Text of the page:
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Genesis, Stewardship and Beyond

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Responsibility to Care for the Earth

Genesis 1:26


Christianity green via christian courier.jpg


“And God said, Let us make man in our image, after our likeness

and let them have dominion over fish of the sea, and over the fowl of the air,

and over the cattle, and over all the earth, and over every creeping thing that creepth upon the earth.”


For Reading and Mindful Reflection:


Ecological/Environmental


https://www.greenpolicy360.net/w/Category:Eco-Spirituality
https://www.greenpolicy360.net/w/Category:Eco-Theology


Judeo-Christian


https://www.bibletools.org/index.cfm/fuseaction/Topical.show/RTD/CGG/ID/2164/Subdue-Earth.htm
http://www.chaimbentorah.com/2015/06/hebrew-word-study-dominion/
https://www.greenpolicy360.net/w/Christianity_and_Climate_Change_Belief_or_Disbelief
https://www.greenpolicy360.net/w/Laudato_Si
https://www.myjewishlearning.com/article/genesis-and-human-stewardship-of-the-earth/
https://www.huffingtonpost.com/kristin-m-swenson-phd/the-bible-and-human-domin_b_681363.html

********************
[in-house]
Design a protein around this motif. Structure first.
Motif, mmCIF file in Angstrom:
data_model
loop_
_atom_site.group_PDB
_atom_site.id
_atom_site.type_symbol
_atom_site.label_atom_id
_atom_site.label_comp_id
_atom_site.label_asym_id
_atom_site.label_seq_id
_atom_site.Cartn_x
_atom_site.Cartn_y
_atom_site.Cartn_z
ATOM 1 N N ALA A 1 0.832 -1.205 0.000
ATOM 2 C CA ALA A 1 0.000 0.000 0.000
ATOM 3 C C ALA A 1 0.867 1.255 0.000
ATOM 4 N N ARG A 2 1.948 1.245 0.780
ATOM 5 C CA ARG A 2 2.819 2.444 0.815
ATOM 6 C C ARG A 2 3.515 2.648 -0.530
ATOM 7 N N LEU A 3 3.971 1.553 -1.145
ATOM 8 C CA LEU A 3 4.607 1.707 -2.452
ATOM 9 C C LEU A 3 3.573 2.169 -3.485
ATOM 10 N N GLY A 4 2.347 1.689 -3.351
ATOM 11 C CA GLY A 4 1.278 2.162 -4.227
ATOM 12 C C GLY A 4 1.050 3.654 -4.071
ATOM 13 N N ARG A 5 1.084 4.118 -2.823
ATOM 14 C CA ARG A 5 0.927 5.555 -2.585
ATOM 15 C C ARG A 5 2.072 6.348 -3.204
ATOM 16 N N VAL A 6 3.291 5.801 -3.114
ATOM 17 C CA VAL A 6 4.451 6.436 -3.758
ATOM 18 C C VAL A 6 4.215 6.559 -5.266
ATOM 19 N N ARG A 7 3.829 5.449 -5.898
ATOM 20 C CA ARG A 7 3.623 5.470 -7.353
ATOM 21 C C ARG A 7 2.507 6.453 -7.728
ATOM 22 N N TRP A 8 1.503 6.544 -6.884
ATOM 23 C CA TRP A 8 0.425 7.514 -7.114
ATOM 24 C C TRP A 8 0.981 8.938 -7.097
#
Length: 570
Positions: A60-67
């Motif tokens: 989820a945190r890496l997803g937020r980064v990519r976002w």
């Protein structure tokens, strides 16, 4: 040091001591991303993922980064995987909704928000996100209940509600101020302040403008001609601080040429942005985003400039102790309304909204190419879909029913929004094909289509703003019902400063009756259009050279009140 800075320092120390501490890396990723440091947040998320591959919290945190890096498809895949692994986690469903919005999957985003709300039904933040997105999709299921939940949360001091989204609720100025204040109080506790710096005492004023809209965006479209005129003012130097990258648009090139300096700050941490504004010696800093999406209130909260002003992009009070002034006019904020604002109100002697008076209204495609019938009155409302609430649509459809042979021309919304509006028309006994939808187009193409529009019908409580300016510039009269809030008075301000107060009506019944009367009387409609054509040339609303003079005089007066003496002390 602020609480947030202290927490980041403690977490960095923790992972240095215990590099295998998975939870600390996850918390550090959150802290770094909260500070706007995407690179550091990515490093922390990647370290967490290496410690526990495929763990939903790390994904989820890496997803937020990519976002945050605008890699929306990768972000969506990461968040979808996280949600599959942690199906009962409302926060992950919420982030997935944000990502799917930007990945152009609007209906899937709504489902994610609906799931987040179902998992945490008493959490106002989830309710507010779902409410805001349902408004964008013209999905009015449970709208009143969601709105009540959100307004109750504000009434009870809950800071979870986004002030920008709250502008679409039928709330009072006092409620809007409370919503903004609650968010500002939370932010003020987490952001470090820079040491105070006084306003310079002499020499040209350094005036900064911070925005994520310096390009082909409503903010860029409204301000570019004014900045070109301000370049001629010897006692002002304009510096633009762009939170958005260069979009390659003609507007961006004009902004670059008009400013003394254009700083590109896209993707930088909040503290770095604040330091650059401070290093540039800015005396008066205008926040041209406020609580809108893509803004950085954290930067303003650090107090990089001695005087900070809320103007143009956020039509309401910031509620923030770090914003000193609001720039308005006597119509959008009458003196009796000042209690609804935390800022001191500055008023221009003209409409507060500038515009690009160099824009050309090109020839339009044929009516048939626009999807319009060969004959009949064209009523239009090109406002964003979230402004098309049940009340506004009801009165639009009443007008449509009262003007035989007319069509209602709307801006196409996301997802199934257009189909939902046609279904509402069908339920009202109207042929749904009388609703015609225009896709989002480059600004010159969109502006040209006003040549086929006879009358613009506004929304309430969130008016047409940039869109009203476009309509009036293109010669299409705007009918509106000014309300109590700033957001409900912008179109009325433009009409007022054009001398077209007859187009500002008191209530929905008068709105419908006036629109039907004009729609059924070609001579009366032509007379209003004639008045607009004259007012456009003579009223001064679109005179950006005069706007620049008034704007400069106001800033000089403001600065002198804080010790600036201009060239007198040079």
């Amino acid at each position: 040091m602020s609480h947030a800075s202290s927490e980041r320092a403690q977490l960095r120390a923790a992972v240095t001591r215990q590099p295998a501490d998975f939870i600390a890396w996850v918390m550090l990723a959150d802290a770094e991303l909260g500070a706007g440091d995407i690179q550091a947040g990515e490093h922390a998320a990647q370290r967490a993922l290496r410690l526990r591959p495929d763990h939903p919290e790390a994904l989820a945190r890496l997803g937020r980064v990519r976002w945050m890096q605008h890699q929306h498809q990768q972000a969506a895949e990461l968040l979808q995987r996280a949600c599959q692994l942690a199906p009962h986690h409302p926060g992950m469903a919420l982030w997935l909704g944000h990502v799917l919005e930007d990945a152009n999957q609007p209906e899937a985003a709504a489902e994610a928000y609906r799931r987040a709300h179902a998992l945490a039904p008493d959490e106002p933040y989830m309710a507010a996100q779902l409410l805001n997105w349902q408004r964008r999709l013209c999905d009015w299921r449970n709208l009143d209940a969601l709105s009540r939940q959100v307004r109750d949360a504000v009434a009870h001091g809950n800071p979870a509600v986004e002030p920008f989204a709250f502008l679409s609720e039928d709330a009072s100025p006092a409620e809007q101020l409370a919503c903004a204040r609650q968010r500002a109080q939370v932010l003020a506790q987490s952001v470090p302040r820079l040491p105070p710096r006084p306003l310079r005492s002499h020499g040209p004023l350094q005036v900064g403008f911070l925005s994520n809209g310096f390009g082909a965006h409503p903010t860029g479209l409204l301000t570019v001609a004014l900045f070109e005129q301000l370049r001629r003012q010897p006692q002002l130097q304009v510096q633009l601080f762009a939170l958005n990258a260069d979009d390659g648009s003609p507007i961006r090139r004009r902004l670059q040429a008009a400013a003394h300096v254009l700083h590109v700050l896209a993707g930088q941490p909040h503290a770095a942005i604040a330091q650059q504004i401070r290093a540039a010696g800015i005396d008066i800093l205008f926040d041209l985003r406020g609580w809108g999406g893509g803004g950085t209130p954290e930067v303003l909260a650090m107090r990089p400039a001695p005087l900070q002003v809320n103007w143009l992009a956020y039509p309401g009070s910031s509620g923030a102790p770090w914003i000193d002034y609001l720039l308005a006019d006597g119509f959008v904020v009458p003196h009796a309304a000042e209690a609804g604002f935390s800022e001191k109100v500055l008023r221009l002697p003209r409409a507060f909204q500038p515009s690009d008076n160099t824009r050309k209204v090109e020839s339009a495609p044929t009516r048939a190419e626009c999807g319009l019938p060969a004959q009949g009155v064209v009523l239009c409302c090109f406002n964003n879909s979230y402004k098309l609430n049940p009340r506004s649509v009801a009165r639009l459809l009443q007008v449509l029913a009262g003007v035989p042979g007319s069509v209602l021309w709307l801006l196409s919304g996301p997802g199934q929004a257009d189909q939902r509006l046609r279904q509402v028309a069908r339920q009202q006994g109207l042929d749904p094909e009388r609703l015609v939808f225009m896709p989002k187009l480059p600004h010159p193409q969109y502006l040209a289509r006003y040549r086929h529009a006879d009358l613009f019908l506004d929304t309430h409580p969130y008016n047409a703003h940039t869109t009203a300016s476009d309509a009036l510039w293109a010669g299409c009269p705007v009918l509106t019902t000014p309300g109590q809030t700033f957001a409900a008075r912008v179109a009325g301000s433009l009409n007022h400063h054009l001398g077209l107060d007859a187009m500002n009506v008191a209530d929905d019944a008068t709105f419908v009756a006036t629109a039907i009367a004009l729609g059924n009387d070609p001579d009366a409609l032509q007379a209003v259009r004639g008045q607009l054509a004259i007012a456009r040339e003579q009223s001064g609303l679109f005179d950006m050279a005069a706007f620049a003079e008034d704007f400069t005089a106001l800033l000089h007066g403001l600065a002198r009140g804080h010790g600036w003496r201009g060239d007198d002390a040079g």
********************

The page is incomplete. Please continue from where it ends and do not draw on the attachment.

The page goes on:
Overview of World Religions and Ecology

by Mary Evelyn Tucker and John Grim

Yale University / 2009


One of the greatest challenges to contemporary religions, then, is how to respond to the environmental crisis...

[Some historians such as] Lynn White have suggested that the emphasis in Judaism and Christianity on the transcendence of God above nature and the dominion of humans over nature has led to a devaluing of the natural world and a subsequent destruction of its resources for utilitarian ends. While the particulars of this argument have been vehemently debated, it is increasingly clear that the environmental crisis presents a serious challenge to the world’s religions. This is especially true because many of these religions have traditionally been concerned with the paths of personal salvation that frequently emphasize other worldly goals and reject this world as corrupting.

How to adapt religious teachings to this task of revaluing nature so as to prevent its destruction marks a significant new phase in religious thought. Indeed, as the historian of religions, Thomas Berry, has so aptly pointed out, what is necessary is a comprehensive reevaluation of human-Earth relations if the human is to continue as a viable species on an increasingly degraded planet. In addition to major economic and political changes...

Baha'i; Buddhism; Christianity; Confucianism; Daoism; Hinduism; Indigenous; Islam; Jainism; Judaism; Shinto; Interreligious
http://fore.yale.edu/religion/
http://fore.yale.edu/education/research/
http://fore.yale.edu/publications/books/


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